I've argued before that the underlying intellectual tension in social investing is the rejection by social investors of the idea that people are, or should be, primarily motivated by economic factors (as discussed in last year's Christmas post and Jim Hoopes' reply).
Frans de Waal has written a new book, Primates and Philosophers: How Morality Evolved. It is based on a series of lectures he gave at Princeton, and Princeton University Press lets you read chapter 1 free, here. In a nutshell, de Waal believes morality is a result of human evolution, and is to some degree hard-wired in us.
This challenges economic determinism with a kind of biological determinism. On one level I'm happy to see it - economic analysis of human behavior can be frustratingly superficial, so it is nice to see someone push back and argue persuasively that something else - anything else - matters.
But careful what you wish for - if you accept de Waal's account, a host of new questions arise. If human ethics and morality evolved, what does that say about the philosophy of ethics, which is supposed to be derived from reason - or religion? I suspect Mr. de Waal will find his share of detractors.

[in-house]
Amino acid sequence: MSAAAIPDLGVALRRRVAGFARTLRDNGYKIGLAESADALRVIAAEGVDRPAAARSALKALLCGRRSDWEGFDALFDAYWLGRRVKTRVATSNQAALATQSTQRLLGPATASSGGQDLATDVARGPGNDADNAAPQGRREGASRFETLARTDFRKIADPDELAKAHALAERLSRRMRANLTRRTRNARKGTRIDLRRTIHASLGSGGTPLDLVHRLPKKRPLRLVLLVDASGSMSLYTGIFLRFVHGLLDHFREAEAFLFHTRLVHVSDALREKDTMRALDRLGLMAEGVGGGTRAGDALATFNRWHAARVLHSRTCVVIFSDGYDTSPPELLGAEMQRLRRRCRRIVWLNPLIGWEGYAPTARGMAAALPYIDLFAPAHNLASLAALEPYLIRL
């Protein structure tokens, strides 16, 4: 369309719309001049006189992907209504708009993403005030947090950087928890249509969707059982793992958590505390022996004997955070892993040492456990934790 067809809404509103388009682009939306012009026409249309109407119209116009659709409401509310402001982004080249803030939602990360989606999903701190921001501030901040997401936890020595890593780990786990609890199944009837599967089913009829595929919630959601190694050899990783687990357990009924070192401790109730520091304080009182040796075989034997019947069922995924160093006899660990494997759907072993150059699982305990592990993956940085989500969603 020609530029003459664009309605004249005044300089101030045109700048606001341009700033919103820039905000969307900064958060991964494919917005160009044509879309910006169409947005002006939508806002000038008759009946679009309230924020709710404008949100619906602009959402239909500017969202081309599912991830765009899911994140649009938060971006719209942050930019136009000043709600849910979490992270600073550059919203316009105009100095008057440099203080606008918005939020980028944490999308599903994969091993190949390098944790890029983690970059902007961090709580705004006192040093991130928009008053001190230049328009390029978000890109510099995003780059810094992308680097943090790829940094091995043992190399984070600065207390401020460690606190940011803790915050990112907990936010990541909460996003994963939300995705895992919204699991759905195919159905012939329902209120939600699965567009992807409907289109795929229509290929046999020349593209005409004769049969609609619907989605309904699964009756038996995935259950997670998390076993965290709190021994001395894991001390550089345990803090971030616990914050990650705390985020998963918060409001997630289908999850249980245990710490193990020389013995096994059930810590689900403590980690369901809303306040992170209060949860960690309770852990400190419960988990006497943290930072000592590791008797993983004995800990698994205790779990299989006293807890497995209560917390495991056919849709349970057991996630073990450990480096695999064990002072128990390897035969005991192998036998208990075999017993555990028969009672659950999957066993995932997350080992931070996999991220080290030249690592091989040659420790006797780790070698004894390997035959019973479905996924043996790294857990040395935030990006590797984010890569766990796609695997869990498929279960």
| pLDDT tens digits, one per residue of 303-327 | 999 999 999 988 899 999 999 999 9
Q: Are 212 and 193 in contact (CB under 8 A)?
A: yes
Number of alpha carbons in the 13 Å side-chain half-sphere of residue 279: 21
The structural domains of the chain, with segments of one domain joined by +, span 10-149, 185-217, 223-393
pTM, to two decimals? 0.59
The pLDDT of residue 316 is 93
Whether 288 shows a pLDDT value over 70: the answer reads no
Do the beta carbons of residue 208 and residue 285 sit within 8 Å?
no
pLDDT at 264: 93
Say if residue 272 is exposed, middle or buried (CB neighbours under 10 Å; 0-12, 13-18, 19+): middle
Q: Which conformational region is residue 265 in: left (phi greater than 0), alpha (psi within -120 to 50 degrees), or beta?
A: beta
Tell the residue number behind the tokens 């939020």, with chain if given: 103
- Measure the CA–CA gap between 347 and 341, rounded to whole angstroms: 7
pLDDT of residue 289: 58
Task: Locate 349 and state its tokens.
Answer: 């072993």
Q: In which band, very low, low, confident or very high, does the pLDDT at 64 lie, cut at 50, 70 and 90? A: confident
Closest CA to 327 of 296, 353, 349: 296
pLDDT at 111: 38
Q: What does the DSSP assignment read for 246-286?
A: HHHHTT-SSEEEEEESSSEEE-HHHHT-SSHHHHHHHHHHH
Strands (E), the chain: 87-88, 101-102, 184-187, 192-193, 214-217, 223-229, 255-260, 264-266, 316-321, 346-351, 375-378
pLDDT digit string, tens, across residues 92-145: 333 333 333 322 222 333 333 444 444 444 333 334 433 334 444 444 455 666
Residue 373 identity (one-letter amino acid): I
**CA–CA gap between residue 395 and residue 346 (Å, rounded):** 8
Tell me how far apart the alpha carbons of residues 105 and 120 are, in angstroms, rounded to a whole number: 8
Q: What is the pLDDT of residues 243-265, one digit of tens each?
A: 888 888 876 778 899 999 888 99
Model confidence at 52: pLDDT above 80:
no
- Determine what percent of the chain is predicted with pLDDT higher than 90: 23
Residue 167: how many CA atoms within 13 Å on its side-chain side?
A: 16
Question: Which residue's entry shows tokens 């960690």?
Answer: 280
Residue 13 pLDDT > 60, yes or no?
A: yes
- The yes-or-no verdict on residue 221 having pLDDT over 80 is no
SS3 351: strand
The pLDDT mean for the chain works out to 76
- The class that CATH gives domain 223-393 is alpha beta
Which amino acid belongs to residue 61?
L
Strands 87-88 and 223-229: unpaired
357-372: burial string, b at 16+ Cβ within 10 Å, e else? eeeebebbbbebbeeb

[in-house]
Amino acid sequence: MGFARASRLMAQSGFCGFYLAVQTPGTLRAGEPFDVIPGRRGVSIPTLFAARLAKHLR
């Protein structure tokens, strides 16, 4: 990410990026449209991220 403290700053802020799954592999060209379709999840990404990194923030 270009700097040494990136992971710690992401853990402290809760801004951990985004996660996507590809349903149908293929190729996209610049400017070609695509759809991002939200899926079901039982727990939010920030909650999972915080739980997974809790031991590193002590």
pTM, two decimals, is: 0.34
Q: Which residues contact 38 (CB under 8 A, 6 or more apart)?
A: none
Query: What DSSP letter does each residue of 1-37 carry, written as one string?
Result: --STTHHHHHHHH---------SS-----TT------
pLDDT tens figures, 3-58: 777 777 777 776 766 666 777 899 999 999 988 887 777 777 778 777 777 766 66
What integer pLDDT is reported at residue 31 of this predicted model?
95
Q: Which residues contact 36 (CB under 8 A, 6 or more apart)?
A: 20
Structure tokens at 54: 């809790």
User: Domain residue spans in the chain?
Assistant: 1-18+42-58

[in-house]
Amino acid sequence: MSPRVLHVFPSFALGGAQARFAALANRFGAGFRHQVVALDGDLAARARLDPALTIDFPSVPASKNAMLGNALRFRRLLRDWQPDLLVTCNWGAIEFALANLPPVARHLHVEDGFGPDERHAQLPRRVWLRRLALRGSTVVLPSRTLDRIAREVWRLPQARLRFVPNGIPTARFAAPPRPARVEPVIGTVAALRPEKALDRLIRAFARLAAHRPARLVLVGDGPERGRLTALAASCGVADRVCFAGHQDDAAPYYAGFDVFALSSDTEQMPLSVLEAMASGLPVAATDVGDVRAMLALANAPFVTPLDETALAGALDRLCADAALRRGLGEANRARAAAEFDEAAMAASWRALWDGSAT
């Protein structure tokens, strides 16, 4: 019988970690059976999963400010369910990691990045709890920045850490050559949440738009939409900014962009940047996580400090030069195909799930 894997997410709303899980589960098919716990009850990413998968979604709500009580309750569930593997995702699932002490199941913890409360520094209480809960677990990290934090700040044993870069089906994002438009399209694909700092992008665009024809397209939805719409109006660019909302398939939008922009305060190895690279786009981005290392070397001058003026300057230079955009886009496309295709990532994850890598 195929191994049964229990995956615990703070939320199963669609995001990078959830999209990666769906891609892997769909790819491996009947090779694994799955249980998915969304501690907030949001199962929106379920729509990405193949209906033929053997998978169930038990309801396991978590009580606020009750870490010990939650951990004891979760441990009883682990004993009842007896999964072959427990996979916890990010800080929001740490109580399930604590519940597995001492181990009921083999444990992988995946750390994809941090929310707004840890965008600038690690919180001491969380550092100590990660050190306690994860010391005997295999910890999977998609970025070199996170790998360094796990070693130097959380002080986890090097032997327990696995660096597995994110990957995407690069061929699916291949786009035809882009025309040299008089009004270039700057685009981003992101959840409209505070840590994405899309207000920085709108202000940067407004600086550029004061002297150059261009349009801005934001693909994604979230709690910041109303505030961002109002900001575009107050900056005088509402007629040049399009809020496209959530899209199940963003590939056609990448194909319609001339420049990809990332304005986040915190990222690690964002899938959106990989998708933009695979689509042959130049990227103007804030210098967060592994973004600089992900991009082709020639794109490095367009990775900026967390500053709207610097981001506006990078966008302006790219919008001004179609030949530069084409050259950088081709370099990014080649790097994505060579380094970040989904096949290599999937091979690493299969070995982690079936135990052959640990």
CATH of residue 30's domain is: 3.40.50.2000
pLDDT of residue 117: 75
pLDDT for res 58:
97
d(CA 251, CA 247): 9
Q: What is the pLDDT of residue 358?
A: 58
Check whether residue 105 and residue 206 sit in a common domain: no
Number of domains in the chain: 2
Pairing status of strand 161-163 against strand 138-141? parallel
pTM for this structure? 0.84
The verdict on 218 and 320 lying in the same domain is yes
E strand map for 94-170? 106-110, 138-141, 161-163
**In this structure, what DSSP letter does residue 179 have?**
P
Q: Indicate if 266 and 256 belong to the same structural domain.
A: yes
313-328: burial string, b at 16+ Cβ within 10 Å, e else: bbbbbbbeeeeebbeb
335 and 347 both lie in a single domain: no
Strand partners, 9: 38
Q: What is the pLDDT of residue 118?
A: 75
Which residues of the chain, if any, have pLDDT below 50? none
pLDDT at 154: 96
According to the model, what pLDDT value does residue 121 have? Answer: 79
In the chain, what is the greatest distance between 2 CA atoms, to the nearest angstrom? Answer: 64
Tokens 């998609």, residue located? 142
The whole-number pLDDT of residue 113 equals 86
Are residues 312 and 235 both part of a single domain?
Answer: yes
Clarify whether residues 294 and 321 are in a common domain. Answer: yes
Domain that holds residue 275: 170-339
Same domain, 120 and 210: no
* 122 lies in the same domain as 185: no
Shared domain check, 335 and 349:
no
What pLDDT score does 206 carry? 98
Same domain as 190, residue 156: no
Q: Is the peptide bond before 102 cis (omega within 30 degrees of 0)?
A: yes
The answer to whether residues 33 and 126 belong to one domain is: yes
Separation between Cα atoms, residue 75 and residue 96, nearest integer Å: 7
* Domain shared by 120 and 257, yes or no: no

Well, no one said it was going to be simple. Primates and Philosophers offers good new reasons to pay attention to questions of ethics and morality. Extra credit for getting a blurb from the estimable Robert Sapolsky:
"Frans de Waal has achieved that state of grace for a scientist--doing research that is both rigorous and wildly creative, and in the process has redefined how we think about the most interesting realms of behavior among nonhuman primates--cooperation, reconciliation, a sense of fairness, and even the rudiments of morality...This is superb and greatly challenging thinking."